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The Oneness of Body and Mind
estern attitudes toward body and
mind have long been characterized by dualism, which could be
described as the presumption of an absolute
distinction between body and spirit. The
eighteenth-century French mathematician
and philosopher Descartes described the mind
as a nonphysical thing, distinct from yet interacting with the physical entity of the body.
In contrast with this is the view of materialism, which regards both body and mind
as physical phenomena. Modern science and
medicine seem to lend support to this latter
view: Emotional states have been shown to be
accompanied by measurable physical changes
in the brain and nervous system. Physical
damage to the brain can have profound effects
on mental and emotional functions. That
one’s mental or psychological state can affect
the immune system, and hence recovery from
disease, is largely accepted by science today.
Taken to its extreme conclusion, however,
materialism is dehumanizing, regarding all
living things as little more than sophisticated
machines or chemical processes.
From the standpoint of Buddhism, however,
both of these views may be described as limited.
The philosophy of the Lotus Sutra stresses
the principle of the “oneness of body and
mind.” Body is that which has visible form, or
can be measured or seen. Mind is the realm of
thought, intent or spirit—that which is invisible. Oneness is a translation of a term that
literally means “not two,” which in turn is an
abbreviation of “two but not two.” This implies
that body and mind, or form and spirit, appear
to be distinct entities, and in some ways may
be described as such; but on the deepest level
both are expressions of the same core reality
that is life itself.
In The Record of the Orally Transmitted
Teachings, Nichiren Daishonin points out
that the word nam of Nam-myoho-renge-kyo
derives from Sanskrit and is translated into
Chinese as two characters, one meaning
“dedication” and the other meaning “life.” He
then states: “‘Dedication’ refers to the element
of physical form as it pertains to us, while ‘life’
refers to the element of mind as it pertains to
us. But the ultimate teaching tells us that form
and mind are not two things” (p. 3). From the
viewpoint of Buddhism, then, body and mind
are neither separate entities, as described in
dualism, nor are both simply expressions of
purely physical phenomena. In fact, Buddhism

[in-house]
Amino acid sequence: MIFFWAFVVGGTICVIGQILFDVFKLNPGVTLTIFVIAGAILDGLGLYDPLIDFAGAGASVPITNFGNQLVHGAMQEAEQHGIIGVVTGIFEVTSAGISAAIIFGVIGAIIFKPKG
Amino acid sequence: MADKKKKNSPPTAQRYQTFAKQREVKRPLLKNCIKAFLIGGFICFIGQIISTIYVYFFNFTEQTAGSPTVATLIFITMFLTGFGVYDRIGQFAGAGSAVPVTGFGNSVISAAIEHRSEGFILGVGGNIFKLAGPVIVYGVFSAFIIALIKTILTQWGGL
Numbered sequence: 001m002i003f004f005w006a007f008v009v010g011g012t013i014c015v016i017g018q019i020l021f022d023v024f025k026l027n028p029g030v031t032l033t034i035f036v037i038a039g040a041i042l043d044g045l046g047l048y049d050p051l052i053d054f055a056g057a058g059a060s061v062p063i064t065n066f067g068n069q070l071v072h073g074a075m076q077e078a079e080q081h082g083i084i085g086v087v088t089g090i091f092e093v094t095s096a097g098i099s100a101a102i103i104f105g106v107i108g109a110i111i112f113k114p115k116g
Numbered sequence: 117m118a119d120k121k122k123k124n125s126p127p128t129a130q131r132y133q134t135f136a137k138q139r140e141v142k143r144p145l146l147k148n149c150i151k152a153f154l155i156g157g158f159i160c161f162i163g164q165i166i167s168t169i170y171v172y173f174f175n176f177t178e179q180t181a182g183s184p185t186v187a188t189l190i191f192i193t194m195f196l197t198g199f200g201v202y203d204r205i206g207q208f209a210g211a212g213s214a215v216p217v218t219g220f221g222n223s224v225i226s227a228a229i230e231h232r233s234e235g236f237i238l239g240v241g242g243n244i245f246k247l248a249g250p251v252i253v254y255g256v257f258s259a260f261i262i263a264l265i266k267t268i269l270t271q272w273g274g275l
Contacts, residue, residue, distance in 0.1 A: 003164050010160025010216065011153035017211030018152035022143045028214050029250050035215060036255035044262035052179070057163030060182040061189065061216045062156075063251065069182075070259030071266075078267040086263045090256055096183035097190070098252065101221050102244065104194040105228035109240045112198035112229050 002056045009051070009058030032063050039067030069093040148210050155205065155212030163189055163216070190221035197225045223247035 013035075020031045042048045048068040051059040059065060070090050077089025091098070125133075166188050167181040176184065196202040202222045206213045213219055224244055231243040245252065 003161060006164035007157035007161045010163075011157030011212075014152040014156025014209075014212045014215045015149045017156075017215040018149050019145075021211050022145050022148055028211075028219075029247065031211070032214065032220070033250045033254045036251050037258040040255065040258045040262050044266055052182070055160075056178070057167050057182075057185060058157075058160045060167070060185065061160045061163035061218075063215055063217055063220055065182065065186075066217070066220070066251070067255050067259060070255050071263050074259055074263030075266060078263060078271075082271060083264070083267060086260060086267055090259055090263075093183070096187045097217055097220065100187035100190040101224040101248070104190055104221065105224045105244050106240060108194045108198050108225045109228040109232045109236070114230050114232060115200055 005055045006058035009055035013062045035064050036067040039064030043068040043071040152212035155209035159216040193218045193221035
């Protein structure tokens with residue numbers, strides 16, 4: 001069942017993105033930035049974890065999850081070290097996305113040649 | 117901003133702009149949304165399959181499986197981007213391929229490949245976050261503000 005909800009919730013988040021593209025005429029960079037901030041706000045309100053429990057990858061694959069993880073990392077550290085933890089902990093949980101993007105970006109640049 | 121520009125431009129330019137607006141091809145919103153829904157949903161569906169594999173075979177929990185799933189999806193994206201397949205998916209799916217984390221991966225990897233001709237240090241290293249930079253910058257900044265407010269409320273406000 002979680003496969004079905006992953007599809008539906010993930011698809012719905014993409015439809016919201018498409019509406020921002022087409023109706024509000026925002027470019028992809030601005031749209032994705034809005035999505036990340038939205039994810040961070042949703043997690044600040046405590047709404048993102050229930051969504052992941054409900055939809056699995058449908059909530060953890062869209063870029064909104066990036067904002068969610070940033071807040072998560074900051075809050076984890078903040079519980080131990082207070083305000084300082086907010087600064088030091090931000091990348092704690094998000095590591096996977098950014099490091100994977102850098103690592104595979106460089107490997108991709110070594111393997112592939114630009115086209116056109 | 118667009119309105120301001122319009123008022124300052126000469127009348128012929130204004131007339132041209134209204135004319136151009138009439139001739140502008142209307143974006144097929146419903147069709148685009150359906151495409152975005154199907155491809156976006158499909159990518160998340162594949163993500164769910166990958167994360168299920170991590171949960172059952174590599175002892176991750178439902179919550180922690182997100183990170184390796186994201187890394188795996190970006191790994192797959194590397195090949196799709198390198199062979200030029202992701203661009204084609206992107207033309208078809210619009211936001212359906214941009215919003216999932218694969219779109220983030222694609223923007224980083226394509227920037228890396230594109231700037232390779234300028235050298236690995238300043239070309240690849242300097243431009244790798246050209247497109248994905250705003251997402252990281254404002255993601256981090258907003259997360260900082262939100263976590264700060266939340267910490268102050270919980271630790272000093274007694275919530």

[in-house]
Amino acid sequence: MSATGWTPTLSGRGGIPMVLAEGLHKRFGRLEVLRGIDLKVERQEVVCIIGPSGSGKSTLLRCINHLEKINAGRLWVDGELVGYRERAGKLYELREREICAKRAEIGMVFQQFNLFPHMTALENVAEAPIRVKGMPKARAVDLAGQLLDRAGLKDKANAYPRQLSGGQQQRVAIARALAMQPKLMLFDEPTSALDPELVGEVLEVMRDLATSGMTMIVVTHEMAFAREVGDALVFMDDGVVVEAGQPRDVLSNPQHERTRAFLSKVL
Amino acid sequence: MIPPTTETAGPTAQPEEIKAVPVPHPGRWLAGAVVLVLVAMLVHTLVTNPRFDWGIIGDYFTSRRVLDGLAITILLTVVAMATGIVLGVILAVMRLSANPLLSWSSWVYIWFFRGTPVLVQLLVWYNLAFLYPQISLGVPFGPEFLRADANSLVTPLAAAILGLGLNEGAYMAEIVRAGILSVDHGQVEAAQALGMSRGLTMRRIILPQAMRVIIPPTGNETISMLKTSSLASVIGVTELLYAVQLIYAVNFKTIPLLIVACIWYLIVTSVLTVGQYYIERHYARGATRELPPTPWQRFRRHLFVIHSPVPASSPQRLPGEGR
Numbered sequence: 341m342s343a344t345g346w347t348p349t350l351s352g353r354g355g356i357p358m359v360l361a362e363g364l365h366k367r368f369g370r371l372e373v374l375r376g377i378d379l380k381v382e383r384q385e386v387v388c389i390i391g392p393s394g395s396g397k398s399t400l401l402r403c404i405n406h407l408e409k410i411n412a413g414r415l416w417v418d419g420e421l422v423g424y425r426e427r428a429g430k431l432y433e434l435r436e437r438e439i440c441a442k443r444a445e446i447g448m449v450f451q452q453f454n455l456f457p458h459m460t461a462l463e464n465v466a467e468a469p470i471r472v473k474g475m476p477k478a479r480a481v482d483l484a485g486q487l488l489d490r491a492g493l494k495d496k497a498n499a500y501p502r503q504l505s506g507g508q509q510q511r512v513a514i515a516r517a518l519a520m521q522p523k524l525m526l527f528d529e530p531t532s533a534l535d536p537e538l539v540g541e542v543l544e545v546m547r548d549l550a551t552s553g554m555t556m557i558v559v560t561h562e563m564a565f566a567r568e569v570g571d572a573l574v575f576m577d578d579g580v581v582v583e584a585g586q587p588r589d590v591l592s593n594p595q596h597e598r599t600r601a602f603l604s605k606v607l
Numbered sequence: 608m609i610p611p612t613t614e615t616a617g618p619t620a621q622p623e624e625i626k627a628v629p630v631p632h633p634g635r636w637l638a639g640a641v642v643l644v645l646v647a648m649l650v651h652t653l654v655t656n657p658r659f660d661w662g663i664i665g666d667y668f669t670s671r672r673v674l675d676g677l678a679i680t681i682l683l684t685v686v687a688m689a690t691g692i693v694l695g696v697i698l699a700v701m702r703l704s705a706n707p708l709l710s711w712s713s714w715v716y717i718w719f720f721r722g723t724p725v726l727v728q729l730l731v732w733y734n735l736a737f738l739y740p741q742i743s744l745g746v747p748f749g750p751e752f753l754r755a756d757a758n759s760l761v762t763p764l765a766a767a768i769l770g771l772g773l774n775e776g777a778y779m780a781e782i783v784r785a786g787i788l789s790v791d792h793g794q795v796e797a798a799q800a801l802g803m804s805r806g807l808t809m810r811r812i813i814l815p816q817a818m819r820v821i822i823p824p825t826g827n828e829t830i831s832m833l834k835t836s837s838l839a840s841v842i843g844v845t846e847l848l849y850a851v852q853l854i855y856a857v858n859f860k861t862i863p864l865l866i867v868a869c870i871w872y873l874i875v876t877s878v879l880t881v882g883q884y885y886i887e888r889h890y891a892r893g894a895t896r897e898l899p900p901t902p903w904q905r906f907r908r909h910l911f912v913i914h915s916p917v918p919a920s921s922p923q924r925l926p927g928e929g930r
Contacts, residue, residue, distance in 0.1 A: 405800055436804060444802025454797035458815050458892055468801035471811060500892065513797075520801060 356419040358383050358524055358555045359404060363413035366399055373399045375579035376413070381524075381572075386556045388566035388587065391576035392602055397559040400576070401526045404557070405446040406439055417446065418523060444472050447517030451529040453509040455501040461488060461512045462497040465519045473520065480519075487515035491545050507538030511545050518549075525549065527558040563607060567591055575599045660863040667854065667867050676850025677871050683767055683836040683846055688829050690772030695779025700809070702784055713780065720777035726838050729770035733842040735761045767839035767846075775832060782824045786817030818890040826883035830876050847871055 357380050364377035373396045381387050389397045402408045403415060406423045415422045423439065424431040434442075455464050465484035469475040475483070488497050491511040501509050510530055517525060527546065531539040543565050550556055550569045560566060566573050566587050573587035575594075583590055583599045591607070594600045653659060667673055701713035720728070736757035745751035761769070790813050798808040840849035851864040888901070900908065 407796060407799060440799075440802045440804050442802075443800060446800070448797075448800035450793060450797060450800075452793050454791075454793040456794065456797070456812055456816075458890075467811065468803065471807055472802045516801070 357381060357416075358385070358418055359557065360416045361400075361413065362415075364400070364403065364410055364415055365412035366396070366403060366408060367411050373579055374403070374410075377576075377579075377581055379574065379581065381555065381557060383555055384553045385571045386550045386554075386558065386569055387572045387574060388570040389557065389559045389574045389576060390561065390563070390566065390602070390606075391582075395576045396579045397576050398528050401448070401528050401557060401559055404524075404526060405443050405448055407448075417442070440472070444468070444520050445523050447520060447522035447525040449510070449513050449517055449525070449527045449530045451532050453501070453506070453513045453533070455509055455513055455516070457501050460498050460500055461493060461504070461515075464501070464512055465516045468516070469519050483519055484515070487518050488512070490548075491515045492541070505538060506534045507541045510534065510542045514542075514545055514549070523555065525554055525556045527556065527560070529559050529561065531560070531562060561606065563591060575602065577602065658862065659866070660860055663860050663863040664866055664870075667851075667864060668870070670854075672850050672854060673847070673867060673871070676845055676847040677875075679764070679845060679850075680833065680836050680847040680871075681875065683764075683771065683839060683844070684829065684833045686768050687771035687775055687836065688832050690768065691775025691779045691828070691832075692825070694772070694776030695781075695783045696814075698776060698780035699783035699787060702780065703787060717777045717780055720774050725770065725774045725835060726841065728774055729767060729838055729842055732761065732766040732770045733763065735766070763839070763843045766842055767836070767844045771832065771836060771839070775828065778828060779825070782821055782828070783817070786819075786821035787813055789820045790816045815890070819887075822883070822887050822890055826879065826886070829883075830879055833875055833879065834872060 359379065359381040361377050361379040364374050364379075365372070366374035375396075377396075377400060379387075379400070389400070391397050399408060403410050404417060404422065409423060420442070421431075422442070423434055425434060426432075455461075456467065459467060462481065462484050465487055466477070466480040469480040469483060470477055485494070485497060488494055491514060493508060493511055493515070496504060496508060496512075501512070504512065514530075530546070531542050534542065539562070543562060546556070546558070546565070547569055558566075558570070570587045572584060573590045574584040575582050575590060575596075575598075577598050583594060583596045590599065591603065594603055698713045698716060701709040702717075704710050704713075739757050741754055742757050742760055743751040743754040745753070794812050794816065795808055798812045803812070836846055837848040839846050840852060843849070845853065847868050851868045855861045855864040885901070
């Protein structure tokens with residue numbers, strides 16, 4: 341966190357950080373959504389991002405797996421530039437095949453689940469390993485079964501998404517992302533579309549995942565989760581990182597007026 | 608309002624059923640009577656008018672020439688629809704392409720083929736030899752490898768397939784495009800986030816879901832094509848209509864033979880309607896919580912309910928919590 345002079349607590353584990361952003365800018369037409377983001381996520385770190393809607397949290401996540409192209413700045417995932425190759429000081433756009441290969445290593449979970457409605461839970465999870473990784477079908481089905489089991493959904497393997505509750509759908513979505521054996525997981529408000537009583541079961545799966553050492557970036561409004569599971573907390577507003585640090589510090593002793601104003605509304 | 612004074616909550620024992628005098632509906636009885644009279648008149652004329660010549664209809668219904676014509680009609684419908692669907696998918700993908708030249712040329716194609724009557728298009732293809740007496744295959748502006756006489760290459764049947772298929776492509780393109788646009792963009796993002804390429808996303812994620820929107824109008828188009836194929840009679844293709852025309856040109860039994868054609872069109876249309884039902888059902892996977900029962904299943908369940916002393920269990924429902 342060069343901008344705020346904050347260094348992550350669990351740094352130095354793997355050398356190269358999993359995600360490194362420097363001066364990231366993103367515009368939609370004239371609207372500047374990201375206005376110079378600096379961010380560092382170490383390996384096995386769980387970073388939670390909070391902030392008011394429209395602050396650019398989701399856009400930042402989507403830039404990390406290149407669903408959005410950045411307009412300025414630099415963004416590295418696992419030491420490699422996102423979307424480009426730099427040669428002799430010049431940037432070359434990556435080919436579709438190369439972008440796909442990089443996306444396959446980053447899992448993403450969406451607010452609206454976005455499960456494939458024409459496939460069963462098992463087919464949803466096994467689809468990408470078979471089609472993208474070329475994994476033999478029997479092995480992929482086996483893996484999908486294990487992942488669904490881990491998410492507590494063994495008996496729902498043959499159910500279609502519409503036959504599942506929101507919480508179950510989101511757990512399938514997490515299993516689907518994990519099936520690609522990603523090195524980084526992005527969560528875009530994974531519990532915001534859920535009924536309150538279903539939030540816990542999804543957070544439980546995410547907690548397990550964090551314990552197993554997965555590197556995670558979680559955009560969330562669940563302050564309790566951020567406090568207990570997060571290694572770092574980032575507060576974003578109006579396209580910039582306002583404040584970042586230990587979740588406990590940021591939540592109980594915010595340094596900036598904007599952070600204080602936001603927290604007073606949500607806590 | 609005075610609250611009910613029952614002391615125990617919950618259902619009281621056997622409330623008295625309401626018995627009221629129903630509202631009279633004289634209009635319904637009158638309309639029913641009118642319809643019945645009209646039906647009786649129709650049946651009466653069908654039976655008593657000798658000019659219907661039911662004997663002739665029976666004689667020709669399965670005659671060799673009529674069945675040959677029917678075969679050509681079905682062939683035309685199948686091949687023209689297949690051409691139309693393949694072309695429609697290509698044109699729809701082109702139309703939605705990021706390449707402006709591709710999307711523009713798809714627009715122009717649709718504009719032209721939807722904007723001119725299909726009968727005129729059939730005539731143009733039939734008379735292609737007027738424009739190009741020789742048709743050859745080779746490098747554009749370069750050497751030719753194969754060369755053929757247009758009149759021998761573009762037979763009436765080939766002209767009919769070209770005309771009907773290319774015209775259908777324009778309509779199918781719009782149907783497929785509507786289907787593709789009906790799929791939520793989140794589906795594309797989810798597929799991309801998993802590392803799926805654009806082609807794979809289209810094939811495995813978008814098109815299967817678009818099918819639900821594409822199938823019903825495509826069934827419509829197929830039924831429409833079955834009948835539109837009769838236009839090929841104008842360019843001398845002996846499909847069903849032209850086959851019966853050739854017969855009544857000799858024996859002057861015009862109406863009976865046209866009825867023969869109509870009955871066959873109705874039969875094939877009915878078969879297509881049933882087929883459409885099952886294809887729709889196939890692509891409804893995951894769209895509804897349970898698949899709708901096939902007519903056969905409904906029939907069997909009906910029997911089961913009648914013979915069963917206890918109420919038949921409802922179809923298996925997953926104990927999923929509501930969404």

views all phenomena, even insentient things,
as having both a physical and a spiritual aspect,
and sees all as expressions of the Mystic Law.
Both body and mind, rooted in the eternal
common source of life itself, the Law of
Nam-myoho-renge-kyo, are part and parcel of
life’s ultimate reality.
Nichiren also writes: “One’s thoughts are
expressed in one’s voice. The mind represents
the spiritual aspect, and the voice, the physical
aspect. . . . A person can know another’s mind
by listening to the voice. This is because the
physical aspect reveals the spiritual aspect”
too, when one gives them strength, one gives
oneself strength too, when one prolongs their
lives, one prolongs one’s own life as well” (“On
Clothing and Food,” WND-2, 1066).
A truly happy person may be described as
one who feels inner peace and satisfaction
(mind), enjoys a vibrant life force and behaves
in a way that brings satisfaction and joy to
others (body).
When we exert ourselves in body and mind,
praying, talking and acting for the sake of
others’ well-being, we contribute simultaneously to our own physical health and spiritual
— Prepared by the SGI-USA Study Department
Jonathan Wilson
(“Opening the Eyes of Wooden and Painted
Images,” The Writings of Nichiren Daishonin,
vol. 1, p. 86).
When we chant Nam-myoho-renge-kyo
with concern for other people (mind), our
words and actions (body) toward them can
uplift their spirits (mind), which can in turn
lead to a positive change in their physical
health and also in their own words and
actions (body).
Referring to this process, SGI President
Ikeda has said: “This is a prime example of
the oneness of body and mind. Just a few
words of sincere encouragement can have
a very powerful effect on a sick person”
(translated from December 17, 2005, Seikyo
Shimbun, p. 3).
Nichiren also says, “When one livens other
people’s complexions, one livens one’s own